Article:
Thursday, September 4, 2008
As we emerge from Labor Day, college students are gathering back on campuses not only to start the fall semester, but also, in some cases, to vote for the first time in a presidential election. There is no bigger issue on campuses these days than environment/energy. Going into this election, I thought that — for the first time — we would have a choice between two “green” candidates. That view is no longer operative — and college students (and everyone else) need to understand that.
With his choice of Sarah Palin — the Alaska governor who has advocated drilling in the Arctic National Wildlife Refuge and does not believe mankind is playing any role in climate change — for vice president, John McCain has completed his makeover from the greenest Republican to run for president to just another representative of big oil.
Given the fact that Senator McCain deliberately avoided voting on all eight attempts to pass a bill extending the vital tax credits and production subsidies to expand our wind and solar industries, and given his support for lowering the gasoline tax in a reckless giveaway that would only promote more gasoline consumption and intensify our addiction to oil, and given his desire to make more oil-drilling, not innovation around renewable energy, the centerpiece of his energy policy — in an effort to mislead voters that support for drilling today would translate into lower prices at the pump today — McCain has forfeited any claim to be a green candidate.
So please, students, when McCain comes to your campus and flashes a few posters of wind turbines and solar panels, ask him why he has been AWOL when it came to Congress supporting these new technologies.
“Back in June, the Republican Party had a round-up,” said Carl Pope, the executive director of the Sierra Club. “One of the unbranded cattle — a wizened old maverick name John McCain — finally got roped. Then they branded him with a big ‘Lazy O’ — George Bush’s brand, where the O stands for oil. No more maverick.
“One of McCain’s last independent policies putting him at odds with Bush was his opposition to drilling in the Arctic National Wildlife Refuge,” added Pope, “yet he has now picked a running mate who has opposed holding big oil accountable and been dismissive of alternative energy while focusing her work on more oil drilling in a wildlife refuge and off of our coasts. While the northern edge of her state literally falls into the rising Arctic Ocean, Sarah Palin says, ‘The jury is still out on global warming.’ She’s the one hanging the jury — and John McCain is going to let her.”
Indeed, Palin’s much ballyhooed confrontations with the oil industry have all been about who should get more of the windfall profits, not how to end our addiction.
Barack Obama should be doing more to promote his green agenda, but at least he had the courage, in the heat of a Democratic primary, not to pander to voters by calling for a lifting of the gasoline tax. And while he has come out for a limited expansion of offshore drilling, he has refrained from misleading voters that this is in any way a solution to our energy problems.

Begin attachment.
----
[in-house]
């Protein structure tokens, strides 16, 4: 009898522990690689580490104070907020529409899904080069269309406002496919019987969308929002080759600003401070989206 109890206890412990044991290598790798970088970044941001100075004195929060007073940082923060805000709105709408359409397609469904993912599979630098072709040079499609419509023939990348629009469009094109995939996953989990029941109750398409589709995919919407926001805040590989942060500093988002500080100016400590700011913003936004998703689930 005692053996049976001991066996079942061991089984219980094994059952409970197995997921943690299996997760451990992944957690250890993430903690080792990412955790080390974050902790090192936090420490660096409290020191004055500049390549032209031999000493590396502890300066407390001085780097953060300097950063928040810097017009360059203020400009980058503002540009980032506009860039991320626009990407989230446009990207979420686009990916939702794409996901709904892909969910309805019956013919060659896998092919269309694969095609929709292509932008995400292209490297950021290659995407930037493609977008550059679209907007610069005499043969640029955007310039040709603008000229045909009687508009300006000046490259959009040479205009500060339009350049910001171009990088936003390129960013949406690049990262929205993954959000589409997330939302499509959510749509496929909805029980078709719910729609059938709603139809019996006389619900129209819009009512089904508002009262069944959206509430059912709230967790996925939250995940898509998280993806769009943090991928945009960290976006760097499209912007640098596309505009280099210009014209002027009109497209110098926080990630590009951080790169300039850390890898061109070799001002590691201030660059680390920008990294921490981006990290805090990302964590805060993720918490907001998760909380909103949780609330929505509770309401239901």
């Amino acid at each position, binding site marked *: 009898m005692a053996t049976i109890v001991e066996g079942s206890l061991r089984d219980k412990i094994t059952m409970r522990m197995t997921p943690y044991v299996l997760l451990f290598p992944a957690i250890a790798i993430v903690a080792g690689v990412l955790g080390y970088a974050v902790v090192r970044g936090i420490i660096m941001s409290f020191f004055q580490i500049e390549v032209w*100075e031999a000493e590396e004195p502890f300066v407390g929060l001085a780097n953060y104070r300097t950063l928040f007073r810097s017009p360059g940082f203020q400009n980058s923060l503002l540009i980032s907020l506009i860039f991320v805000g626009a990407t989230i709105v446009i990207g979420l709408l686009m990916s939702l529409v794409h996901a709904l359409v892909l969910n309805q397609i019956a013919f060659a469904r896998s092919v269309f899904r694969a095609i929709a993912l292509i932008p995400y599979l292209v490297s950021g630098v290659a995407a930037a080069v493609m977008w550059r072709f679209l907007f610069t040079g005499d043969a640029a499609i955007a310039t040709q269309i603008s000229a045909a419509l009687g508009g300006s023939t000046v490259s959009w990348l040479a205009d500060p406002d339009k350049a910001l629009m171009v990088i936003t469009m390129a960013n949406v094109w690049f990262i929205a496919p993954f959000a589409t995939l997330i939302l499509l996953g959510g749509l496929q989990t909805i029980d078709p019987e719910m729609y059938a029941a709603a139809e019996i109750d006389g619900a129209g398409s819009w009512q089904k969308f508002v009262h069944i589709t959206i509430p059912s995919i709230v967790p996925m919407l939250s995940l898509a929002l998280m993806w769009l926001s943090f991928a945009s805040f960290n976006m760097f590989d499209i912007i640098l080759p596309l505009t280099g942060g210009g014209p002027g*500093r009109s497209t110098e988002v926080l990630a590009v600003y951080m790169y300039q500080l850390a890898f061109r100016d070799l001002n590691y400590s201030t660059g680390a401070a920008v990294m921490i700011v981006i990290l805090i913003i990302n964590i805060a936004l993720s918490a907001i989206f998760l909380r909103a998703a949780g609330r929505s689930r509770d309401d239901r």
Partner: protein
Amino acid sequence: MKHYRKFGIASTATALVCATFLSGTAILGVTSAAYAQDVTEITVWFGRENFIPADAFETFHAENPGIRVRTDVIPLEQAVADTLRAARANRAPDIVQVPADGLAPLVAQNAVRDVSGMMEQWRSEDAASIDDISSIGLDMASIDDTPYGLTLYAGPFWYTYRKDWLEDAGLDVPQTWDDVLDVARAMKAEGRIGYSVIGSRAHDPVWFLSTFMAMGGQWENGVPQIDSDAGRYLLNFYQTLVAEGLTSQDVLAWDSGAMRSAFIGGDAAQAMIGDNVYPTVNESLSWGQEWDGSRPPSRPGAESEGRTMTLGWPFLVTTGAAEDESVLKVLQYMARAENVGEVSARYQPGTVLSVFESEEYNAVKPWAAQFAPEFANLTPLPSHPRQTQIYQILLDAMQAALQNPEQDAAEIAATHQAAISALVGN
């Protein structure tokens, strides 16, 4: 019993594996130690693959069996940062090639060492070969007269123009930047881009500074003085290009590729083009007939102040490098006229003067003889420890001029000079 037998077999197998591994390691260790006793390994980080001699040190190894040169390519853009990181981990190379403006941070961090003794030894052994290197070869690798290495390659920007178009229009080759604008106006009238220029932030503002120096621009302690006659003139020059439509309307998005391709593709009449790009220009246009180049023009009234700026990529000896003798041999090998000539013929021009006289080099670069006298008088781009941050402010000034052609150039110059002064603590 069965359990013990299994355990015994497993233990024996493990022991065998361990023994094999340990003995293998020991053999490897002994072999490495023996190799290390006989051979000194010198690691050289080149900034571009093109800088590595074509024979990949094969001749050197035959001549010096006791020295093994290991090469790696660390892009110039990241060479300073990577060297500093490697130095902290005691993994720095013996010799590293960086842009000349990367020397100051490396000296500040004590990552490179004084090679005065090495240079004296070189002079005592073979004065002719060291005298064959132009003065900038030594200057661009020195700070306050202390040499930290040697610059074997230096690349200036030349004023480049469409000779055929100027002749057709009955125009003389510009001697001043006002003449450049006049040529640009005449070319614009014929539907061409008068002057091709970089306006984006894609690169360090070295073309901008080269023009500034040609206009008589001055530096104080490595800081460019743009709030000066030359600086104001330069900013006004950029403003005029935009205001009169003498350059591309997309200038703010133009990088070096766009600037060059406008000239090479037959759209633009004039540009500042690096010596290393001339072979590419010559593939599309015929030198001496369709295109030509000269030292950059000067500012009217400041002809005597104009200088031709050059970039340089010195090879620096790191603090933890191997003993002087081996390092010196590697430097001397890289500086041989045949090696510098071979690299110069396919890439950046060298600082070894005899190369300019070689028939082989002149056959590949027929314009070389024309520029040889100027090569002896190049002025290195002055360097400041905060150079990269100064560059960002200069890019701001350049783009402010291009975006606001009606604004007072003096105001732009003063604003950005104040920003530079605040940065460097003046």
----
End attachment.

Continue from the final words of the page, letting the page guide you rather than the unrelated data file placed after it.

I am not against a limited expansion of off-shore drilling now. But it is a complete sideshow. By constantly pounding into voters that his energy focus is to “drill, drill, drill,” McCain is diverting attention from what should be one of the central issues in this election: who has the better plan to promote massive innovation around clean power technologies and energy efficiency.
Why? Because renewable energy technologies — what I call “E.T.” — are going to constitute the next great global industry. They will rival and probably surpass “I.T.” — information technology. The country that spawns the most E.T. companies will enjoy more economic power, strategic advantage and rising standards of living. We need to make sure that is America. Big oil and OPEC want to make sure it is not.
Palin’s nomination for vice president and her desire to allow drilling in the Alaskan wilderness “reminded me of a lunch I had three and half years ago with one of the Russian trade attachés,” global trade consultant Edward Goldberg said to me. “After much wine, this gentleman told me that his country was very pleased that the Bush administration wanted to drill in the Alaskan wilderness. In his opinion, the amount of product one could actually derive from there was negligible in terms of needs. However, it signified that the Bush administration was not planning to do anything to create alternative energy, which of course would threaten the economic growth of Russia.”
So, college students, don’t let anyone tell you that on the issue of green, this election is not important. It is vitally important, and the alternatives could not be more black and white.
More Articles in Opinion » A version of this article appeared in print on September 3, 2008, on page A25 of the New York edition. Sphere: Related Content
Posted by Katherine "Kay" Slaughter at Thursday, September 04, 2008